2008 Verona Conference


“Putting People First”:

Intercultural Dialogue and Imagining the Future in Oceania


Plenary Sessions

Opening keynote speech

Panel Discussion:
“Putting People First” Fifteen Years On

Raymond Firth Memorial Lecture

 General ESfO meeting


The theme for the seventh ESfO conference in Verona 2008 emphasises the pivotal role of intersubjective relations, at all levels of sociality, for contemporary islanders in their daily efforts to imagine desirable futures and ways to achieve them.

The first part of the title, “Putting People First” is inspired by the motto adopted in 1993 by the Pacific Forum in the “Suva Declaration” on Sustainable Development. It reflects Pacific Islanders’ own perception of a fundamental cultural value shared within the region: that of considering the people who form a community as its primary resource. The motto thus implies the articulation of an engaged process of responding to the challenges of our time, with Pacific Islanders’ desire to insist on this cultural prerogative.

 The second part of the title, “Intercultural Dialogue and Imagining the Future in Oceania”, links this fundamental theme to those of previous ESfO conferences. We propose to build upon the debate on rethinking the past and on conflicts by turning our gaze to the present challenges facing Oceanian peoples who are striving to imagine their futures.

Intercultural dialogue is a crucial aspect of the promotion of peaceful cooperation between and within countries, and of effective relations at all levels of sociality. Oceania is an interesting site where conflicts, politics and ethnicities interconnect in old and innovative ways. A focus on dialogue and processes of negotiation, grounded in indigenous practice and in the visibility recently acquired, for example, by Pacific women’s groups in harnessing relations effectively, provides precious insights on the complexity of contemporary Oceania, and sparks a rethinking of similar processes in Europe and elsewhere, an antidote to the dangerous stereotypes fed by a view of culture as rigid and monolithic.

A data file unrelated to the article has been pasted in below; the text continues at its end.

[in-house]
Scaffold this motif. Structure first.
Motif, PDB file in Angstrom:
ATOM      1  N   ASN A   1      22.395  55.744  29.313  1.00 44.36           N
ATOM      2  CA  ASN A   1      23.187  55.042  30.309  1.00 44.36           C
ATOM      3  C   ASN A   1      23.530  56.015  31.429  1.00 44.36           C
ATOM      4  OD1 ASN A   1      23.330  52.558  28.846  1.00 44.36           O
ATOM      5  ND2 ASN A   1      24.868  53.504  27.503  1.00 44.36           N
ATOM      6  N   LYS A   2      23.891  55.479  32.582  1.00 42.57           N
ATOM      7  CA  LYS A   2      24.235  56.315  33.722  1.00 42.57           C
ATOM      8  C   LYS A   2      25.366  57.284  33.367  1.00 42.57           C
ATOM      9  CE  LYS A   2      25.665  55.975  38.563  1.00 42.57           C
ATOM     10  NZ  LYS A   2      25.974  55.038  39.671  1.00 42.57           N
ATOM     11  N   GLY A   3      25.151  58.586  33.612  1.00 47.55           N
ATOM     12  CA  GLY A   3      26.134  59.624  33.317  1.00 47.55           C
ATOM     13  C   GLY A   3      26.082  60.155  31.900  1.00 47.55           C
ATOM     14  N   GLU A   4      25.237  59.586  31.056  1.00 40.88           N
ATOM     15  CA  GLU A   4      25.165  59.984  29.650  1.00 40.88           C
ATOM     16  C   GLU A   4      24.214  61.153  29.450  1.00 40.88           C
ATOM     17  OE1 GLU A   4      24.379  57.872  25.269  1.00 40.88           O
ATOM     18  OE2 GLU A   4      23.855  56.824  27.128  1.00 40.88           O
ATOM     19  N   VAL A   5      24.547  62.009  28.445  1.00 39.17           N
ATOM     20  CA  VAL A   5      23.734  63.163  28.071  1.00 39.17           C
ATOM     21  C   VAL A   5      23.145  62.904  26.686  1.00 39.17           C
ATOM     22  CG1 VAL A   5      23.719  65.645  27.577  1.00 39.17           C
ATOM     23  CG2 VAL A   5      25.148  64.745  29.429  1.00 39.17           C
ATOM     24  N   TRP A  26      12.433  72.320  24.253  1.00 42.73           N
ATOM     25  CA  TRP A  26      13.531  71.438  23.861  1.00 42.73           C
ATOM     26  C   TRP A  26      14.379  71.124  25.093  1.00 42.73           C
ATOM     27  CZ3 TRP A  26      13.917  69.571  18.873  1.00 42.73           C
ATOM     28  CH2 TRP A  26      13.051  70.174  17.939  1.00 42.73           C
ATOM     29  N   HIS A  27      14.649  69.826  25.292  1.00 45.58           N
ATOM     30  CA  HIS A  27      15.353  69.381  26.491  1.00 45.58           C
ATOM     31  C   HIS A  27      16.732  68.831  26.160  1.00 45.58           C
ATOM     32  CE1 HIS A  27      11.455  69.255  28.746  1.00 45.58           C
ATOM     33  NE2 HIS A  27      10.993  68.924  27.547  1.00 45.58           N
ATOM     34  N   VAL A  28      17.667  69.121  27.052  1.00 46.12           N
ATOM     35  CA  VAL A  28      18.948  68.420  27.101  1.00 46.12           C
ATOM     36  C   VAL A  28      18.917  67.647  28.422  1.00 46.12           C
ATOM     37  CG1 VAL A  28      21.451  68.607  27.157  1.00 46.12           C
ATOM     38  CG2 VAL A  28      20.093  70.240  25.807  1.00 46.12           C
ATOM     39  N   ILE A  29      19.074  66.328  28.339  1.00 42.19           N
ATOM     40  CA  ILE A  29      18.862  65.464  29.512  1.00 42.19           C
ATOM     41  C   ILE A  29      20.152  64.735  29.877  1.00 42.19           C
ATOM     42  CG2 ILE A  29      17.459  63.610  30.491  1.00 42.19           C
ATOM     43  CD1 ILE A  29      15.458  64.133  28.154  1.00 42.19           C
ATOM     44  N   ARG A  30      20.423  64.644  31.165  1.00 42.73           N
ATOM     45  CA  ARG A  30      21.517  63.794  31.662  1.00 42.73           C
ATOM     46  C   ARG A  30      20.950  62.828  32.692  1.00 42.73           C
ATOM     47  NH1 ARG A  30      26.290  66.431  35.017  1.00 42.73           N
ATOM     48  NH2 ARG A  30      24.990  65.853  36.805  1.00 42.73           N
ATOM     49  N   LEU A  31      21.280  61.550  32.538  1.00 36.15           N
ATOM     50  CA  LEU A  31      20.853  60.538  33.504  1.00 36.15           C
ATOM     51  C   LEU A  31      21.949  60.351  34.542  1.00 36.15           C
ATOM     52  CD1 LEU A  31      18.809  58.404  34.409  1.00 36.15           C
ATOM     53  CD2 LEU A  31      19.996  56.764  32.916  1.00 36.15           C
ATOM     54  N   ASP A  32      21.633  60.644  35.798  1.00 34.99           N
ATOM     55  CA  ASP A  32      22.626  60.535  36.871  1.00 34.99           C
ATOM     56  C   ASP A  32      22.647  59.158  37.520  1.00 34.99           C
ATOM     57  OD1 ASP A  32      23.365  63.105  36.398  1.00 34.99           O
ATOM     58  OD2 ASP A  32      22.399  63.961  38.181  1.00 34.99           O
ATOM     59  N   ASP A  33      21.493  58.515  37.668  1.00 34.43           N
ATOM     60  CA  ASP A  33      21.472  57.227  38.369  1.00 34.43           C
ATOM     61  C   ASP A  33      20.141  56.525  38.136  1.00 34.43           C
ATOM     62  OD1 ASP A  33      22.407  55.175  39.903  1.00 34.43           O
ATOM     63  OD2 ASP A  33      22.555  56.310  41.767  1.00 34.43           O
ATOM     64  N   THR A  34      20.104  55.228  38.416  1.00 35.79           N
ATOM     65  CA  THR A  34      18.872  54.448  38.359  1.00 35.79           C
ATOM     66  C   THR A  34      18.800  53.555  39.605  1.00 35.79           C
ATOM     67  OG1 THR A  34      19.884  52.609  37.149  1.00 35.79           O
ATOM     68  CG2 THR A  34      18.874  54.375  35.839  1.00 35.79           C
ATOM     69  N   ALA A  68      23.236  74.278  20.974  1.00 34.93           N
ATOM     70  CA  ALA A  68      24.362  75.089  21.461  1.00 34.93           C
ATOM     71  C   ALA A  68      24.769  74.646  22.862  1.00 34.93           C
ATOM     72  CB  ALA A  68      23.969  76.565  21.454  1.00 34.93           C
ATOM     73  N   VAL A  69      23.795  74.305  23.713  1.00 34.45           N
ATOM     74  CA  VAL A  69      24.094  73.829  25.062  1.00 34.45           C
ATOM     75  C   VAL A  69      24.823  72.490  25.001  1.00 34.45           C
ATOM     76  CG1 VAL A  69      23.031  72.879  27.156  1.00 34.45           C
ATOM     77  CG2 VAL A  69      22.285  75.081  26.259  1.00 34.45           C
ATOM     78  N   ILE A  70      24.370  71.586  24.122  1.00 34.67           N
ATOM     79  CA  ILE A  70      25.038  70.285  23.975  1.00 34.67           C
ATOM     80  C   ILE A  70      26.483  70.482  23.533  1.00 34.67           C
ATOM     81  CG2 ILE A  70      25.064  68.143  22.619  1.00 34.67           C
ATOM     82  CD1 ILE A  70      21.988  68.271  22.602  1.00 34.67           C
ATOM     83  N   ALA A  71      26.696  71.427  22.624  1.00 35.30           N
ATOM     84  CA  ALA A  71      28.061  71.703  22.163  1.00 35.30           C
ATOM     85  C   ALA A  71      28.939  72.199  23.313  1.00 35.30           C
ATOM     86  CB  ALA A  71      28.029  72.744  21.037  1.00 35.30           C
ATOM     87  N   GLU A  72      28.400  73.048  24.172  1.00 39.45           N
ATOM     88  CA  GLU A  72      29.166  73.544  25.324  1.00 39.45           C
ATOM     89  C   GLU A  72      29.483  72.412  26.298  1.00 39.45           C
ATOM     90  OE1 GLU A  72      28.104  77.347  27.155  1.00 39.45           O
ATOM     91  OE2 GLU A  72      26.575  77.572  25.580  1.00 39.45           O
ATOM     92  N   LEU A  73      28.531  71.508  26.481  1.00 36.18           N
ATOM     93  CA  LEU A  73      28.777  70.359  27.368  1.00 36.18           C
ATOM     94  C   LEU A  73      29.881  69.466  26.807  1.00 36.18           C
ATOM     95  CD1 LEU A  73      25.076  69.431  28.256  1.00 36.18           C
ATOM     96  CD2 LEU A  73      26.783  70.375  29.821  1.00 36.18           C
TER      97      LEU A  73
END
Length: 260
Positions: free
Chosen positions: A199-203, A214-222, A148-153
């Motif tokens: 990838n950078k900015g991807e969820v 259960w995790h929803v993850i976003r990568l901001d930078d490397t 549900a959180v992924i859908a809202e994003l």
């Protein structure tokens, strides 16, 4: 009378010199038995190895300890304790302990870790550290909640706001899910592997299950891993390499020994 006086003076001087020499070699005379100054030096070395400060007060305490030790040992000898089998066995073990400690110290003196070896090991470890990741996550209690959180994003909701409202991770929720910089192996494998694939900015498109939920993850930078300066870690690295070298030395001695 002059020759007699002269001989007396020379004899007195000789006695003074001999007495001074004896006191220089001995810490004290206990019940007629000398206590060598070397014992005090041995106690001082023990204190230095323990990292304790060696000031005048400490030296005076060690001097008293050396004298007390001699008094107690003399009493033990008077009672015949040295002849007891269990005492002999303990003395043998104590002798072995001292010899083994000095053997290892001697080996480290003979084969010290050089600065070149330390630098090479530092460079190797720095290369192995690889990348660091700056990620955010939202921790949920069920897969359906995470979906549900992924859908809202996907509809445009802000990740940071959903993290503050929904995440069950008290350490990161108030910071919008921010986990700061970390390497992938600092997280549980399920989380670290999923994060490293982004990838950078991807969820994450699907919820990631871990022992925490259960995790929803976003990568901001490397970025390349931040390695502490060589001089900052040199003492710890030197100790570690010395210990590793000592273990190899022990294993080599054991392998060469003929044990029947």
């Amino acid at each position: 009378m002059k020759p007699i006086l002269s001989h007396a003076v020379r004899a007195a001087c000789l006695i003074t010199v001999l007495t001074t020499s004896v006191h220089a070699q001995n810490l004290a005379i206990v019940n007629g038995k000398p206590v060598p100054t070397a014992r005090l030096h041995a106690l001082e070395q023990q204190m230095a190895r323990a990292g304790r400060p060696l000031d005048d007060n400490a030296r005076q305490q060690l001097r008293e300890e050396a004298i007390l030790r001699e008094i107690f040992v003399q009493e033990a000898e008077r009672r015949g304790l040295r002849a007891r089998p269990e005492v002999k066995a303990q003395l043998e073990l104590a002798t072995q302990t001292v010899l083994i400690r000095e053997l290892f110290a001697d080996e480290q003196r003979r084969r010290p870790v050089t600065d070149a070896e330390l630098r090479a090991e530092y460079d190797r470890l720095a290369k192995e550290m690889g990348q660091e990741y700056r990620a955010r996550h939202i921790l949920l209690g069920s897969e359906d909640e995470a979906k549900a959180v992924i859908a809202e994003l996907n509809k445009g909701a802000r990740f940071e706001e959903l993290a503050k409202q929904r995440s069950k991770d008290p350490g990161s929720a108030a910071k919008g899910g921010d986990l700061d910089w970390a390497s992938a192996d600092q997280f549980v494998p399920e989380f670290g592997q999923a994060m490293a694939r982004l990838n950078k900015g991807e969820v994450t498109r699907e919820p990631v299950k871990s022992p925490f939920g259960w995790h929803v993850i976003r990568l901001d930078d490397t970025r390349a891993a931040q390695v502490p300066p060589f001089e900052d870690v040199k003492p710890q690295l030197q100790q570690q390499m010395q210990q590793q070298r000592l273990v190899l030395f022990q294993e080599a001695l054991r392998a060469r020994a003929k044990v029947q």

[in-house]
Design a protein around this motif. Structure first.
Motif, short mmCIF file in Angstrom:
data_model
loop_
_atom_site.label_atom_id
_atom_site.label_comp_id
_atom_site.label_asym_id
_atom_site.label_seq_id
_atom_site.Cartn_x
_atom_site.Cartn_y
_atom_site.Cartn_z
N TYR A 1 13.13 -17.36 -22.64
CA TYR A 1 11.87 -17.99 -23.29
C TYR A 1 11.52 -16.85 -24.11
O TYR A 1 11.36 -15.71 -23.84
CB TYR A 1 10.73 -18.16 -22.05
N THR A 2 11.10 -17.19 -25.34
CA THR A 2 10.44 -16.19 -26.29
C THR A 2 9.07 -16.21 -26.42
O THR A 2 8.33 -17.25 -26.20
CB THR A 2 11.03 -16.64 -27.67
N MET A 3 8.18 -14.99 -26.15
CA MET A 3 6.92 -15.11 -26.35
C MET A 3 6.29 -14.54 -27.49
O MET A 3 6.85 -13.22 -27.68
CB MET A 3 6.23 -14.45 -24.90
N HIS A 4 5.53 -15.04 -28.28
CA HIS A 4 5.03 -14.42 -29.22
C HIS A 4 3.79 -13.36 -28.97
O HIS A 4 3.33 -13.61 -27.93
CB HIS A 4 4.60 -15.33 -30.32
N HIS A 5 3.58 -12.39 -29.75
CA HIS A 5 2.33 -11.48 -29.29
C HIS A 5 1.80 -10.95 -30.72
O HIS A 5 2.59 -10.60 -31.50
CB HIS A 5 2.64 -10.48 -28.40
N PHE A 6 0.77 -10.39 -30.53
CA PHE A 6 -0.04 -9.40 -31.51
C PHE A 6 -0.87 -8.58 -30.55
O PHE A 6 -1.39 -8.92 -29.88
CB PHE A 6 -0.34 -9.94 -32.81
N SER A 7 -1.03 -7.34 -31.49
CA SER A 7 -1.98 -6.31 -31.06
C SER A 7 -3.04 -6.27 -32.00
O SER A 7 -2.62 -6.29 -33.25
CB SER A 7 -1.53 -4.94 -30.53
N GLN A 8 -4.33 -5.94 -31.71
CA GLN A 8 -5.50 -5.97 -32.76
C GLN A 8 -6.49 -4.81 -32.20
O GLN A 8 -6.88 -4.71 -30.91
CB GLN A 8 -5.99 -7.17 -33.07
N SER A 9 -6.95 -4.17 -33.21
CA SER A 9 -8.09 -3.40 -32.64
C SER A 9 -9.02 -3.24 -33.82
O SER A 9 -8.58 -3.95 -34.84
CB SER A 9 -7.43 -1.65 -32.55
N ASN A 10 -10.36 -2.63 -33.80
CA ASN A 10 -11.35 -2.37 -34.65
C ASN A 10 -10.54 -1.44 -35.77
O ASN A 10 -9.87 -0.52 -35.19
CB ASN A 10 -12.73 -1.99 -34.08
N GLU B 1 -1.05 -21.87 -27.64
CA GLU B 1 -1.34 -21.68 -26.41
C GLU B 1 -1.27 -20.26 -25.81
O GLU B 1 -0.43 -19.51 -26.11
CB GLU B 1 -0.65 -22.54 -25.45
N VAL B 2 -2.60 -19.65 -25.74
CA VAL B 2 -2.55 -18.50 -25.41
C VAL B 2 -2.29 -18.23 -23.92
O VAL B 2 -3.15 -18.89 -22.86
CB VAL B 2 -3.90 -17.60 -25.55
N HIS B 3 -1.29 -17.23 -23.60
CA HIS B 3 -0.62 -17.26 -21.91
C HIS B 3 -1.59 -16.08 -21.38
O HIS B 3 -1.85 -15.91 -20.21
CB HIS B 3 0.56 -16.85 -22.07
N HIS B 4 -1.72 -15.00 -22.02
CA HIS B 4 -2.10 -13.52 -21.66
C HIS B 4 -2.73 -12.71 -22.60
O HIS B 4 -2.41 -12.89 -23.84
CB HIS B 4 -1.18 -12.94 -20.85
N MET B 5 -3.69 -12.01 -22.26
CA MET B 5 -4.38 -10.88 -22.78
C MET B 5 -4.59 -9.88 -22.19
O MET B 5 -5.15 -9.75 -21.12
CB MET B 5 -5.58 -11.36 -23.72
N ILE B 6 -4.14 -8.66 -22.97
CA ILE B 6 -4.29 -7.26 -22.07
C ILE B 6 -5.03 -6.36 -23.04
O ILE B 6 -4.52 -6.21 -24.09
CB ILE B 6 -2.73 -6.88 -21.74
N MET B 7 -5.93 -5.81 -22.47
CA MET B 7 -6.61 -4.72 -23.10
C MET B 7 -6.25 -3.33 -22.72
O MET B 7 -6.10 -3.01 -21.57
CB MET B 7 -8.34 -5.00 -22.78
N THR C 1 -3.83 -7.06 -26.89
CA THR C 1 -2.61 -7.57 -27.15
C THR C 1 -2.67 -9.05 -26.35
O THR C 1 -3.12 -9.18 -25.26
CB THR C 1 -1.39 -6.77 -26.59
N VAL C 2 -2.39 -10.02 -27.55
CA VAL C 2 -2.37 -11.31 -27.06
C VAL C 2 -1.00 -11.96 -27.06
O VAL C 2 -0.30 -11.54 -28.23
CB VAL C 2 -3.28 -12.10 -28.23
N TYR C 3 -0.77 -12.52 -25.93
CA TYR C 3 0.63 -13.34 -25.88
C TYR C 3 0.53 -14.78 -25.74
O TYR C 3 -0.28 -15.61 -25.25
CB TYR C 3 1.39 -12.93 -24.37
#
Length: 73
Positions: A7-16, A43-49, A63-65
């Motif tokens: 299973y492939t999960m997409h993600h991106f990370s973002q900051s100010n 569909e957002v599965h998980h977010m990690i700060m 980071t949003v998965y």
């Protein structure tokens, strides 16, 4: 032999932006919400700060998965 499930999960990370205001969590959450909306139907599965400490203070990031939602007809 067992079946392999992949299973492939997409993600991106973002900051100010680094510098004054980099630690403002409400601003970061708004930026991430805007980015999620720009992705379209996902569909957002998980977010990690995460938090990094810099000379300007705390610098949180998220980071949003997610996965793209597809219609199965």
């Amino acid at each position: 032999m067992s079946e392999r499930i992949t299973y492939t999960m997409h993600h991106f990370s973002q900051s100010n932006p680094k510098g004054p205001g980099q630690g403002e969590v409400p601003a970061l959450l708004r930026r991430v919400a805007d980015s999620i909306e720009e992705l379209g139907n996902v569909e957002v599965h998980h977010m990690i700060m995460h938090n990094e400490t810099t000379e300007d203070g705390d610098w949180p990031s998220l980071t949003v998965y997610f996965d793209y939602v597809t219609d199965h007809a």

The emphasis on “Putting People First” can thus suggest an interesting perspective, weaving together intersubjective relations and the respect for biodiversity, within which to make sense of, and respond to, the controversies and contradictions of our times.

Finally, the routes suggested by the “Suva Declaration” are particularly consistent with the 2008 European Union’s Year of Intercultural Dialogue.

Download the ESfO 2008 conference paper abstracts